“If you think about it, a lot of the cocktail additions don’t actually have to do with the liquor,” Justin Pasha (The Cup Bearer) said during the session. “These are additional experiences.” 

9. Shell shocked

Seafood, specifically shellfish, is continuing to trend. 

Mini Maine Lobster Rolls (fresh lobster meat, creamy dressing, toasted New England bun) were served during the Opening Night Party. Photo courtesy WASIO Faces/SpotMyPhotos

Global fish consumption has doubled since 1998 and is projected to nearly double again by 2050, according to the Food Institute.

Oysters (with a champagne mignonette) were served as part of Connect Live. Photo courtesy WASIO Faces/SpotMyPhotos

Shellfish (shrimp1, oysters, lobster, and crab) continue to be some of the most popular menu items year after year. 

Shellfish can even make a play in terms of the action station trend in the form of ice bars (check out our summer issue for more on this trend) and even rolling oyster carts2

“Shrimp on the barbie” was included in the Australia food station during the Closing Night Celebration’s international food tour. 

 “These are premium items that carry a premium price,” Stavros said.

1) Served during AOCF (Dry Pasta: The New Risotto) and Connect Live; 2) Discussed during Culinary Theatrics: Getting the Most Action Out of Your Station

10. Asian inspiration

Asian food (everything from Dim Sum to pho to ramen1 to potstickers2 to bao buns3 to canned fish) is trending on menus across the country. Fusion4 dishes are
also trending.

Andy Krause, Jason Sutton (pictured), and Jay Varga demonstrated how to use a ramen siphon (as part of an action station) during their session Culinary Theatrics: How to Get the Most Action Out of Your Station.

“Asian food is still a huge influence, and it will continue to be,” Stavros said. “These are fun foods, finger foods.” 

Catersource + The Special Event attendees got to experience a taste of Asian cuisine throughout the week; however, the true star of the week was Chef Yia Vang (who delivered the keynote during AOCF) when he discussed the important role food plays in terms of culture.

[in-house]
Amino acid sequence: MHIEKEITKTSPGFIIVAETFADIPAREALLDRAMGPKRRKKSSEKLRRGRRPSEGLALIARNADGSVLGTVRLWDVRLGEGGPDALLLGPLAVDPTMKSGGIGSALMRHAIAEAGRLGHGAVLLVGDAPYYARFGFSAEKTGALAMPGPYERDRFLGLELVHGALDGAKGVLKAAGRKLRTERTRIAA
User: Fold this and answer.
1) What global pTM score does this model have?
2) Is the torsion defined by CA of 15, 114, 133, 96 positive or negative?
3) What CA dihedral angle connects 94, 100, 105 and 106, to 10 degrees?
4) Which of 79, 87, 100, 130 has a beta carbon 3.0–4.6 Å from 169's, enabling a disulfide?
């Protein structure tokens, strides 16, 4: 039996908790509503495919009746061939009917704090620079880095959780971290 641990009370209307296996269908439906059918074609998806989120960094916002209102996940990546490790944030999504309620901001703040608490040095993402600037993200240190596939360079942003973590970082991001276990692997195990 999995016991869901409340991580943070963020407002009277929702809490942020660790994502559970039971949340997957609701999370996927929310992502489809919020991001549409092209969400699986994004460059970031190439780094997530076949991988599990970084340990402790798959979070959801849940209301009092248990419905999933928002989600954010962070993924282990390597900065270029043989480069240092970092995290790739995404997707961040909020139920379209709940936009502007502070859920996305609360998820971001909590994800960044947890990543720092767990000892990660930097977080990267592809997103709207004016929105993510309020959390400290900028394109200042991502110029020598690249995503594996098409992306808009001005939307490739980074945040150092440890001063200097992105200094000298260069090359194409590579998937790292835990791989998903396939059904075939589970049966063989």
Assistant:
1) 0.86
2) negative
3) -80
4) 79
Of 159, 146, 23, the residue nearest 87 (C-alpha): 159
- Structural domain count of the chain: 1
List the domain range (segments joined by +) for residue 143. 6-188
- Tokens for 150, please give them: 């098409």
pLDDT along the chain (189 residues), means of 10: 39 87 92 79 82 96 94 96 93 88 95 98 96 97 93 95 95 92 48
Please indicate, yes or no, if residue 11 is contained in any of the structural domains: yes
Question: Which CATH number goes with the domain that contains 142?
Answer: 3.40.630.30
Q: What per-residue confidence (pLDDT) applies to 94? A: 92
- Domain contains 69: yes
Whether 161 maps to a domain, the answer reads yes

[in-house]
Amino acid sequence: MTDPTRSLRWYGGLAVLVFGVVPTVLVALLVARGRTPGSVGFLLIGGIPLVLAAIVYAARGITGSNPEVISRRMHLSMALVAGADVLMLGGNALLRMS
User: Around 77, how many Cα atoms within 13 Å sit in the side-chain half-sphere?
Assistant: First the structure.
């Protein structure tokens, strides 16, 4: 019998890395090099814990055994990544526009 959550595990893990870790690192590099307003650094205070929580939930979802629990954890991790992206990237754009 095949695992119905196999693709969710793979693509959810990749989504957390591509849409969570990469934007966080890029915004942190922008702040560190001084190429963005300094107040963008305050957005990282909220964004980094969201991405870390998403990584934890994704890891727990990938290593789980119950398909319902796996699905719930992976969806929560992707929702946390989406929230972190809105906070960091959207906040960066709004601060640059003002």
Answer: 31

“Hmong isn’t a type of food, it’s a philosophy of food,” he said. “If you remove one of these elements (rice, protein, vegetable, and hot sauce) it would not be considered dinner—it’s a snack. All of those ingredients work cohesively together. Hmong food is all about cohesiveness, about balance. “Food has to work together.”

Following Yia Vang’s keynote during Art of Catering Food, attendees could sample his skirt steak (marinated in oyster sauce, fish sauce, oil, and Szechuan coffee rub) which was served with his Tiger Bite sauce and rice. Photo courtesy Savannah Spirov 

These are the trends that we think will stay popular throughout the rest of 2023; what trends caught your eye during Catersource + The Special Event?

Puff ‘n Stuff Events and Catering served a Tuna Taco (ponzu vinaigrette and wakame served in a wonton shell) during the Venue Tour.

Joshua House (The JDK Group) submitted a bison meatloaf slider with a banh mi slaw and Thai chili sauce in this year’s DICED competition.

Bryce Cherven (Footers Catering) prepared an Asian-style burger with Korean barbecue sauce, kimchi slaw, and rice wine pickled cucumbers on the side.

1) Seen during Culinary Theatrics: Getting the Most Action Out of Your Station;  2) Served during Connect Live; 3) Sampled during AOCF (Apps that Slap!); 4) Two of this year’s DICED competitors prepared Asian-inspired burgers; Puff 'n Stuff Events and Catering substituted a wonton shell for a taco shell during the Venue Tour. 

Amber Kispert

Senior Content Producer

Amber is the Senior Content Producer for Catersource. Amber previously worked as a Communications Specialist for LeClair Group and a reporter for the Woodbury Bulletin, both located in Woodbury, Minn.  As a self-described "foodie," Amber loves to experience the world of food and beverages, and is excited to help share the stories of Catersource and the world's caterers.